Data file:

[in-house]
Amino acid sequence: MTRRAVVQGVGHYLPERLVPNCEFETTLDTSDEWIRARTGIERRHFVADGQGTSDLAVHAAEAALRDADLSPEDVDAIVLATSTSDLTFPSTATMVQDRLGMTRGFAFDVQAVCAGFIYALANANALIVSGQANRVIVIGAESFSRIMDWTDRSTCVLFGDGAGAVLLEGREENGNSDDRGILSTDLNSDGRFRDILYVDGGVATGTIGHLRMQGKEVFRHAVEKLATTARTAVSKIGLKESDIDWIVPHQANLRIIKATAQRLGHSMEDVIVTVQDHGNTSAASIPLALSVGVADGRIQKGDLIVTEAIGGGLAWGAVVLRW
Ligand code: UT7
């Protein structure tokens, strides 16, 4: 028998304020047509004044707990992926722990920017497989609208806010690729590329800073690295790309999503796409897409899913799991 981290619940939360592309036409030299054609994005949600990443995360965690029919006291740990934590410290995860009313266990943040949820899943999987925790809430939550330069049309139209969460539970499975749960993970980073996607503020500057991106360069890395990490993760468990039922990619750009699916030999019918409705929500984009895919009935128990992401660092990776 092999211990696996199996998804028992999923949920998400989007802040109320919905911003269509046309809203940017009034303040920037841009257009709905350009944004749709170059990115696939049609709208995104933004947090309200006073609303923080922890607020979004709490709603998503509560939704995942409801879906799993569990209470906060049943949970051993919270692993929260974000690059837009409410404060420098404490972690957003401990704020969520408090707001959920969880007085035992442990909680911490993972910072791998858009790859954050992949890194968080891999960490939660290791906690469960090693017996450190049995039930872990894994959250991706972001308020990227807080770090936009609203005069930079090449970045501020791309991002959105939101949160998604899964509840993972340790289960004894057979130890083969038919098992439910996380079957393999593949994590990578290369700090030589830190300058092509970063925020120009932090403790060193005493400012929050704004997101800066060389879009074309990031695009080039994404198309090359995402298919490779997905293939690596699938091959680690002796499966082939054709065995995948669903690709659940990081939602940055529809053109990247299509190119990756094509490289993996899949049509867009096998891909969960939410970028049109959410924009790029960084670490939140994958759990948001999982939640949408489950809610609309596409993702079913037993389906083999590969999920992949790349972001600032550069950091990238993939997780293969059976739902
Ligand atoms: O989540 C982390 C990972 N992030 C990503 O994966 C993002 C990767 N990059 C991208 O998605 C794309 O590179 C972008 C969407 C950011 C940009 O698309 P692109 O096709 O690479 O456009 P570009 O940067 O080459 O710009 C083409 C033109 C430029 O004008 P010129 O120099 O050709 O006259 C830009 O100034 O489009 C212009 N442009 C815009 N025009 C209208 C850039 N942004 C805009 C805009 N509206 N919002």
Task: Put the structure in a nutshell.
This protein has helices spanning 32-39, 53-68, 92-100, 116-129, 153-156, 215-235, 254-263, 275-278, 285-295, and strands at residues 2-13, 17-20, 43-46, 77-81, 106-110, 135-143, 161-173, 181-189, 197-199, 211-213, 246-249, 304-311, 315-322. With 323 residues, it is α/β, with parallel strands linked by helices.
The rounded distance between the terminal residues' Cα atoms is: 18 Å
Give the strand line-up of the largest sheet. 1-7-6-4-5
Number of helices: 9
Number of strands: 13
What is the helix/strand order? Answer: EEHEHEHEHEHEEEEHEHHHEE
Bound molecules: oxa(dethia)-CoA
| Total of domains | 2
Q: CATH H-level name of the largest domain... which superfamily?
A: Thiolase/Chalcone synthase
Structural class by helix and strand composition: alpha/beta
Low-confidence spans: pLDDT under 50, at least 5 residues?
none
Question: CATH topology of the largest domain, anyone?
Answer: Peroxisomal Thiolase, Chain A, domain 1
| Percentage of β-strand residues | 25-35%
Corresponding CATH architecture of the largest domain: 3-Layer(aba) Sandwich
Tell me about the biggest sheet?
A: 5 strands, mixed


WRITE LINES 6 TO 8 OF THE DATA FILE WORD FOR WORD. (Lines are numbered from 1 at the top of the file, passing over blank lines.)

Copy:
Task: Put the structure in a nutshell.
This protein has helices spanning 32-39, 53-68, 92-100, 116-129, 153-156, 215-235, 254-263, 275-278, 285-295, and strands at residues 2-13, 17-20, 43-46, 77-81, 106-110, 135-143, 161-173, 181-189, 197-199, 211-213, 246-249, 304-311, 315-322. With 323 residues, it is α/β, with parallel strands linked by helices.
The rounded distance between the terminal residues' Cα atoms is: 18 Å